Noor’s story reminded me that women are not made of glass. They are not a liability as is commonly perceived.
Women today are not the sacrificing half. Since they are the ones who become mothers, it is taken for granted that they must compromise, sacrifice and show compassion even when not required.
Even though today things are changing, we must take a moment to reflect on how far we have come. Stories of women like Noor Inayat Khan take us back in time when women, like today, stood for what they believed in, no matter what the odds.
While reading her story, imagining the moments she went through, trying to feel the loneliness, the cold atmosphere of the cell, caged and clad in chains, each word that described her situation and experience left me teary eyed. There was a lump in my throat learning that she survived on cabbage soup and potato peels.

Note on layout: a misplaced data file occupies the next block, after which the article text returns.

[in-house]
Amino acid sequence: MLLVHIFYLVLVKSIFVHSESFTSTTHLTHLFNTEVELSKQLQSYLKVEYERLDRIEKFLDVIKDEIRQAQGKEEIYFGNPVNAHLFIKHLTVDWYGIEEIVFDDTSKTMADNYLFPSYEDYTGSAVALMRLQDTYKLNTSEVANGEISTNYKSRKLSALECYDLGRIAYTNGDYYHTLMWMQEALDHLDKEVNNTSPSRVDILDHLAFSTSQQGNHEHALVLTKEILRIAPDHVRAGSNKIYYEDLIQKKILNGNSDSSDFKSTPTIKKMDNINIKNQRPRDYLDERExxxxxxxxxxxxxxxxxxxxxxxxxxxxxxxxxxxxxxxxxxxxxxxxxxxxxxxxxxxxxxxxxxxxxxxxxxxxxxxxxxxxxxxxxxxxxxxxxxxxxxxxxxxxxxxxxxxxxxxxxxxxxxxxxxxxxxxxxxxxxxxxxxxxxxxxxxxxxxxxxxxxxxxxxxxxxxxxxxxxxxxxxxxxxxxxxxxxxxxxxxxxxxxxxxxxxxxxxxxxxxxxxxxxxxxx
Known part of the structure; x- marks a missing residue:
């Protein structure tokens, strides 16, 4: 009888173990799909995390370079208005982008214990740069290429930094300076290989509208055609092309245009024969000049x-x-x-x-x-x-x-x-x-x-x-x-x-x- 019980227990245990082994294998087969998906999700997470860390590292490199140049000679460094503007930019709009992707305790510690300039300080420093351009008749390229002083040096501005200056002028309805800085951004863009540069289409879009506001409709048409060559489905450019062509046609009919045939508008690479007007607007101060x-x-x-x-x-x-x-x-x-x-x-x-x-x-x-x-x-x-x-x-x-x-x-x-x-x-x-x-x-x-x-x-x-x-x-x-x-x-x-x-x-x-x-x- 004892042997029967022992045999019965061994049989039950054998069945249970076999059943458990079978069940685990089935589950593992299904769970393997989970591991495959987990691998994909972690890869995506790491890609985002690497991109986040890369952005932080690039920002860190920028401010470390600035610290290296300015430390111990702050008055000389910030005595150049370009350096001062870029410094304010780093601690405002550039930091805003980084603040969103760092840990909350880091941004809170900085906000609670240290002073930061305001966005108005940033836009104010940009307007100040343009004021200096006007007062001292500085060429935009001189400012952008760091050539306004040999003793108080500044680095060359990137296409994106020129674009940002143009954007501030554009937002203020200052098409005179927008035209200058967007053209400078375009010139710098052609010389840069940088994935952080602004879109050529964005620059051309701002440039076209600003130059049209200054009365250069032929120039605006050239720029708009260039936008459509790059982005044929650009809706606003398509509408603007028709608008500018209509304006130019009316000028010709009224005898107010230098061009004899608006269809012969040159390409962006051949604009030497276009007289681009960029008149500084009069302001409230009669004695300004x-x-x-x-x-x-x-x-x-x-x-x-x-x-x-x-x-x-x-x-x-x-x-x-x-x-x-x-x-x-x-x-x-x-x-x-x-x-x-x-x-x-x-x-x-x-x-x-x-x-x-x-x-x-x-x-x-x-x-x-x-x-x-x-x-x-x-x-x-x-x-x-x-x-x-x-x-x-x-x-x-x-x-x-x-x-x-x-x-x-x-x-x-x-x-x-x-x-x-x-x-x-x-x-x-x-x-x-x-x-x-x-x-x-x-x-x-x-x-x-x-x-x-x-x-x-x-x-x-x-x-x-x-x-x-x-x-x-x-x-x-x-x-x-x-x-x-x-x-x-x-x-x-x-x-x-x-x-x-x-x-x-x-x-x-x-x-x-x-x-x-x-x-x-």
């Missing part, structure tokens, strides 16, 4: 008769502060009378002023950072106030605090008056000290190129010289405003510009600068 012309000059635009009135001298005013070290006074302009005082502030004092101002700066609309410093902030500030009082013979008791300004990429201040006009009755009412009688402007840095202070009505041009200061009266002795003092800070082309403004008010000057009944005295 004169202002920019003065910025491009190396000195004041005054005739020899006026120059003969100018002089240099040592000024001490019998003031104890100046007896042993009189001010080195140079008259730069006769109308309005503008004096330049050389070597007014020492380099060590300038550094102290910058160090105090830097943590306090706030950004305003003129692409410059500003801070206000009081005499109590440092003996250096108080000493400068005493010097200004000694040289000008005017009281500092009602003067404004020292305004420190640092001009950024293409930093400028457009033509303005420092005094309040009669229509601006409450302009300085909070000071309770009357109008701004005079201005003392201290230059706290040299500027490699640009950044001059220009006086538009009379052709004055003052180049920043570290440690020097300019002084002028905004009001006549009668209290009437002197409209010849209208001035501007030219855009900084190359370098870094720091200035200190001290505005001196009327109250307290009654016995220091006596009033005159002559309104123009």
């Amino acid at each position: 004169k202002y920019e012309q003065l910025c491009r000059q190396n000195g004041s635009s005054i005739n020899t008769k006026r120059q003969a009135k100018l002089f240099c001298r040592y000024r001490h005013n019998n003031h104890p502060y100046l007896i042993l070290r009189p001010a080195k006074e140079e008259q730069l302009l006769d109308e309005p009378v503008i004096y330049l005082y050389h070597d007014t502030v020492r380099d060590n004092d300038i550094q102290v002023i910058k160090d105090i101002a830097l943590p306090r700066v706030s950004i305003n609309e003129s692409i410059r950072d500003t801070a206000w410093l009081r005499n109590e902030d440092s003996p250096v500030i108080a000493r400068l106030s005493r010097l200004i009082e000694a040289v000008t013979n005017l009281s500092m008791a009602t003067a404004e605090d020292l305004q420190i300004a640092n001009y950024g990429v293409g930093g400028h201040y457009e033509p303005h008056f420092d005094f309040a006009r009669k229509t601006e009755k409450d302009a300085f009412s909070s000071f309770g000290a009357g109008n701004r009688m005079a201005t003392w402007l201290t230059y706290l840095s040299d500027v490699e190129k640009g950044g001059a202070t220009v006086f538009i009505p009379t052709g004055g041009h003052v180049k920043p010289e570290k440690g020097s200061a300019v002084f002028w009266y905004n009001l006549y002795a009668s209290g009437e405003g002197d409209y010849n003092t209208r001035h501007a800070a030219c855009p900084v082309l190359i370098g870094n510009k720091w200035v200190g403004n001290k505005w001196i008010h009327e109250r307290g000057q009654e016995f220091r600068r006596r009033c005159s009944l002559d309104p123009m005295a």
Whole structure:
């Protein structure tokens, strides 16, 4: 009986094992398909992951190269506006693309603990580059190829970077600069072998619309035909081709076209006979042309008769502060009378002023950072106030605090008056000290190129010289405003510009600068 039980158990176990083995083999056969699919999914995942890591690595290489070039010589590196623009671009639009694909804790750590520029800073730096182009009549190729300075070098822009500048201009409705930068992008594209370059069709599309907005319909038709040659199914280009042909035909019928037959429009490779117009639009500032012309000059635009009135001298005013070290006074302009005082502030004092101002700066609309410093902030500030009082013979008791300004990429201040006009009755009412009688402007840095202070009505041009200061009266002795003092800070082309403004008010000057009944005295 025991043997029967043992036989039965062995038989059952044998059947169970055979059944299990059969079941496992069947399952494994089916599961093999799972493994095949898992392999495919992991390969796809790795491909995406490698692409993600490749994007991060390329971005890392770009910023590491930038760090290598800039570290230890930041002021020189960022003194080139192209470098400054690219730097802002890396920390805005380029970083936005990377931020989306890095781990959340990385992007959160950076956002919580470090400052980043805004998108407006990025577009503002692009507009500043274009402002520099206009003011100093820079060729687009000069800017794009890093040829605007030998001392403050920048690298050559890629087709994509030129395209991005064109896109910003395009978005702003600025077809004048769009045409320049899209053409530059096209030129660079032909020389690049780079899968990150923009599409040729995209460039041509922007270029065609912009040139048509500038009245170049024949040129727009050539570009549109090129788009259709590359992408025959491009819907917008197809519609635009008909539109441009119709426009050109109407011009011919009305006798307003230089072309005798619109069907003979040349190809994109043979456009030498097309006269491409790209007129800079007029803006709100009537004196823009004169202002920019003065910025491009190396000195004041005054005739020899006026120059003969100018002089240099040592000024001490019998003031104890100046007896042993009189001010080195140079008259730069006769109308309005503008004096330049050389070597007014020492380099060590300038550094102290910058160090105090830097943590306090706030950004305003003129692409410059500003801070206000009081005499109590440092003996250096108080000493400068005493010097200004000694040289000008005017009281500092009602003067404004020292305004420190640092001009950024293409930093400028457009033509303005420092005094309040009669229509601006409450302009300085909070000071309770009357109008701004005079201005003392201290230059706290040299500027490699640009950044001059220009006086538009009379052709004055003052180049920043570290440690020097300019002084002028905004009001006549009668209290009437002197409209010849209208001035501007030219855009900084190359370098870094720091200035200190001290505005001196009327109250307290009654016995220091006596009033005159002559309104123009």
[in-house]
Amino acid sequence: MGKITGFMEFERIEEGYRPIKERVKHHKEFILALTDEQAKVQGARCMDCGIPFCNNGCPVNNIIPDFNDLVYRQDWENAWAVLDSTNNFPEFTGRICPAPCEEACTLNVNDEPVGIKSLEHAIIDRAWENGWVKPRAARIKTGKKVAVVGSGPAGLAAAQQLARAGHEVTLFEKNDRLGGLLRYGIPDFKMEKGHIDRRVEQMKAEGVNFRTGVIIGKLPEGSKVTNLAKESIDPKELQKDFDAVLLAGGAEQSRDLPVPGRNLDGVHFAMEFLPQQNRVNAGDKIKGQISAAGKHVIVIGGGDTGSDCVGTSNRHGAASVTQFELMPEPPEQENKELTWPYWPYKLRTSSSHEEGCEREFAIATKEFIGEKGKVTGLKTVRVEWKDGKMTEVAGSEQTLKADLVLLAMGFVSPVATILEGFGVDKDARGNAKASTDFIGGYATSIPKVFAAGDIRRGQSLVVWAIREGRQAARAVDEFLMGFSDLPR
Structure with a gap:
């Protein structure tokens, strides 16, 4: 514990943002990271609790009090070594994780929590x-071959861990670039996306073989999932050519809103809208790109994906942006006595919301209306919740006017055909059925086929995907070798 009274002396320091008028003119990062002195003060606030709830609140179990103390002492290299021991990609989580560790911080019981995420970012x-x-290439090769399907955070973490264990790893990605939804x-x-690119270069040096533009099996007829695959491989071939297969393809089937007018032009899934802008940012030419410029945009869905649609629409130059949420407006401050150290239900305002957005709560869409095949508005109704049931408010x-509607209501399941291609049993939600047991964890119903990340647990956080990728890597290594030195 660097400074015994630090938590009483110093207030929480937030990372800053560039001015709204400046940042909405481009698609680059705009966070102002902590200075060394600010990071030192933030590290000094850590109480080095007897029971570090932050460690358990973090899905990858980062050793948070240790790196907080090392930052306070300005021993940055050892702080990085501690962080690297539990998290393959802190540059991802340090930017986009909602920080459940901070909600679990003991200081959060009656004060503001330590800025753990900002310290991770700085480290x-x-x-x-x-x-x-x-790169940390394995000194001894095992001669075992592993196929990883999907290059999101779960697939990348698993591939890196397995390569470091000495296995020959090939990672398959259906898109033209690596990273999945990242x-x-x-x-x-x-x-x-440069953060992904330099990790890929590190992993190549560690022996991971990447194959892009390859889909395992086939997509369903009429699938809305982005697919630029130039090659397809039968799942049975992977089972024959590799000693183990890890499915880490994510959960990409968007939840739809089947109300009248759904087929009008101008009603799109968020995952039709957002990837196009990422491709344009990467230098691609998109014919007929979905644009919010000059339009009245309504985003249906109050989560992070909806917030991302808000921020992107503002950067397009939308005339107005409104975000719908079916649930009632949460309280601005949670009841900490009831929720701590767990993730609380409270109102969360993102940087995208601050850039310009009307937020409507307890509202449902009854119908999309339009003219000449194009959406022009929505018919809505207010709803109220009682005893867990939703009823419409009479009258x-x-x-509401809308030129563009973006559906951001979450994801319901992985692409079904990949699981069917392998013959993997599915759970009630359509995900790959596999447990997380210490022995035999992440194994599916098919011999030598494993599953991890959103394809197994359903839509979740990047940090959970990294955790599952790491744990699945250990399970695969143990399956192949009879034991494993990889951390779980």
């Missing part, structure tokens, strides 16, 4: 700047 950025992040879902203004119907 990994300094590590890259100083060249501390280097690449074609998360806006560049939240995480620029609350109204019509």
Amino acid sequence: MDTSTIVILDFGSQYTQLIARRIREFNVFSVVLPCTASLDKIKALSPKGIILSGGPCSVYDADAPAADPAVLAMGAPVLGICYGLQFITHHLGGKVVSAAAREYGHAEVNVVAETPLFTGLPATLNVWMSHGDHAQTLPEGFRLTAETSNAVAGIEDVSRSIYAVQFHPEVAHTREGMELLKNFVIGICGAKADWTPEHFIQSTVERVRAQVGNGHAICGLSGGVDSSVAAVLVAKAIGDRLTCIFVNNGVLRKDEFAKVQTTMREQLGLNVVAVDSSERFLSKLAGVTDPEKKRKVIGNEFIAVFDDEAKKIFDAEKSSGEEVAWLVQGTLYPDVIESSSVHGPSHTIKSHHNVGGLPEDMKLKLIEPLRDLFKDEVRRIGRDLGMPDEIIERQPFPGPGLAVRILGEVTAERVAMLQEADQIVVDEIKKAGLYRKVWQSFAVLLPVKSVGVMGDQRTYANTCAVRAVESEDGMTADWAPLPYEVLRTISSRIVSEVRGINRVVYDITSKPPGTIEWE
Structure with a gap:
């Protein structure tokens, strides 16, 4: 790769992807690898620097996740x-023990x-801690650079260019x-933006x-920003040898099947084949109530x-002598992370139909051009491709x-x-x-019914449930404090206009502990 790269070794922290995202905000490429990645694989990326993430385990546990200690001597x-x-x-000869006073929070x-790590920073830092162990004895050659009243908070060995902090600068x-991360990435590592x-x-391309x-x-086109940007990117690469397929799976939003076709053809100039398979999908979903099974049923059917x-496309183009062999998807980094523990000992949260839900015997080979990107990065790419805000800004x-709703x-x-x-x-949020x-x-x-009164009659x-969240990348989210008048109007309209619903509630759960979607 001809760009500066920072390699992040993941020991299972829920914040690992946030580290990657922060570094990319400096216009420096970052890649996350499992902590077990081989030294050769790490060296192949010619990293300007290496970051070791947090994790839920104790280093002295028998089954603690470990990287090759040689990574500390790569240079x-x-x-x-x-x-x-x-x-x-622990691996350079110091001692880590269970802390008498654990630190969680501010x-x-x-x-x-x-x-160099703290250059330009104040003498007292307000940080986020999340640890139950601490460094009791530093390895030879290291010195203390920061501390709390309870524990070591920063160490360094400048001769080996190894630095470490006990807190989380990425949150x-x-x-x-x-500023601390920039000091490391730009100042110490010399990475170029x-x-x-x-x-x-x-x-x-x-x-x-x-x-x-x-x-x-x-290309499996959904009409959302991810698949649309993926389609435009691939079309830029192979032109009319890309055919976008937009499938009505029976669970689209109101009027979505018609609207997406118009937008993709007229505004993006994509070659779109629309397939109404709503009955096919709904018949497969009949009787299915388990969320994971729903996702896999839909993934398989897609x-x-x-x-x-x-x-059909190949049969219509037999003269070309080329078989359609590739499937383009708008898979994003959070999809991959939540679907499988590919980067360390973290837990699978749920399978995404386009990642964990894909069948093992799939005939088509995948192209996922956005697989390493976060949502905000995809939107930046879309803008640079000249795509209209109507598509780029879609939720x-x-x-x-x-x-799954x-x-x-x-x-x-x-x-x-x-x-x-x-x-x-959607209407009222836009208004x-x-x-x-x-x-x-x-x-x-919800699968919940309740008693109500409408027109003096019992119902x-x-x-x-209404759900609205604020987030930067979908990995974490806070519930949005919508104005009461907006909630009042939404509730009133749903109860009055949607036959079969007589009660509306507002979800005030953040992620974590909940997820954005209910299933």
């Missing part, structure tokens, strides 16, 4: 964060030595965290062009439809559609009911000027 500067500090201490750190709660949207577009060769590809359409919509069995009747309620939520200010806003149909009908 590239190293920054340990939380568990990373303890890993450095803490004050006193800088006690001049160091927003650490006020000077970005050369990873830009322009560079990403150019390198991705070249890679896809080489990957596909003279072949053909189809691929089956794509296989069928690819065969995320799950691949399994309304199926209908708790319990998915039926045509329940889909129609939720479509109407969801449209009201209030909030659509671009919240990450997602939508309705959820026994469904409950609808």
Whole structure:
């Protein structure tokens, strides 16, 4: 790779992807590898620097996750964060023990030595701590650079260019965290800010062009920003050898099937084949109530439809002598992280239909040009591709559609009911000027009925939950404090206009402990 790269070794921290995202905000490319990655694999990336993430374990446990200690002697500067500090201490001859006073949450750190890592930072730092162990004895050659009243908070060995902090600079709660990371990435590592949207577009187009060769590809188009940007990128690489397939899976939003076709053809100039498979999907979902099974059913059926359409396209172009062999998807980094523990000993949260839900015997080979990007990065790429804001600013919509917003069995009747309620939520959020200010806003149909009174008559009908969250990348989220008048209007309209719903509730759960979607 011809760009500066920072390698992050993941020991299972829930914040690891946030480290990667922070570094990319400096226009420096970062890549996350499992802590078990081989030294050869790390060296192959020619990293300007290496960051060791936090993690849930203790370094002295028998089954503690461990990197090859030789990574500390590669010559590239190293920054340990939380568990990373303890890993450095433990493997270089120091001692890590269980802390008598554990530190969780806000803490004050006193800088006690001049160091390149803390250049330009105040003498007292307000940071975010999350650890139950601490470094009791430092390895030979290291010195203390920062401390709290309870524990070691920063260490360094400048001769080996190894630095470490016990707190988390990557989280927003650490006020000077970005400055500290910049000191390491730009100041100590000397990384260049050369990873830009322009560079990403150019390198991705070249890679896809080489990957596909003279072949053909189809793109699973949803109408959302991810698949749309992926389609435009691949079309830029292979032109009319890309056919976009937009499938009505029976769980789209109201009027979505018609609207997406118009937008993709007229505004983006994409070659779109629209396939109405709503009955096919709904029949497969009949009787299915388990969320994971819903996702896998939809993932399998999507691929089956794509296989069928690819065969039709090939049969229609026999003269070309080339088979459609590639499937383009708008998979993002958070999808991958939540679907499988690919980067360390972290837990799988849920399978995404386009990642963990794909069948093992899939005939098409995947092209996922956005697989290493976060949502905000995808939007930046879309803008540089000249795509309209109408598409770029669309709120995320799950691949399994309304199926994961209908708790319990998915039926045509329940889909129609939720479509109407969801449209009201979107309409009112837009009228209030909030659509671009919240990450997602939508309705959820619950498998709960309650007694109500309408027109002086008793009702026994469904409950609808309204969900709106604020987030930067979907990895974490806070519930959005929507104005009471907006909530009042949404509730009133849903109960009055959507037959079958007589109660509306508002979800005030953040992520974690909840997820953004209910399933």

How could she have taken in so much torture?
Sitting here as I type to narrate her story to you, as I rewrite her tale of courage and determination to free the country she loved, leaves me inspired, and at the same time fills my heart with various questions. Questions on self-respect, courage, passion and dreams.
As I conclude this story. I imagine a beautiful petite girl, eyes gleaming with hope and dreams. Smiling gently filled with kindness, writing a poetry that speaks of courage and liberation.
Image source: Flickr and See page for author [Public domain], via Wikimedia Commons
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A Psychologist, Blogger, Entrepreneur, bibliophile, stationary buff. Love writing, poetry, coffee, An introvert and dreamer.
Fascinated by drama, interviews and human behaviour. read more...
Women's Web is an open platform that publishes a diversity of views, individual posts do not necessarily represent the platform's views and opinions at all times.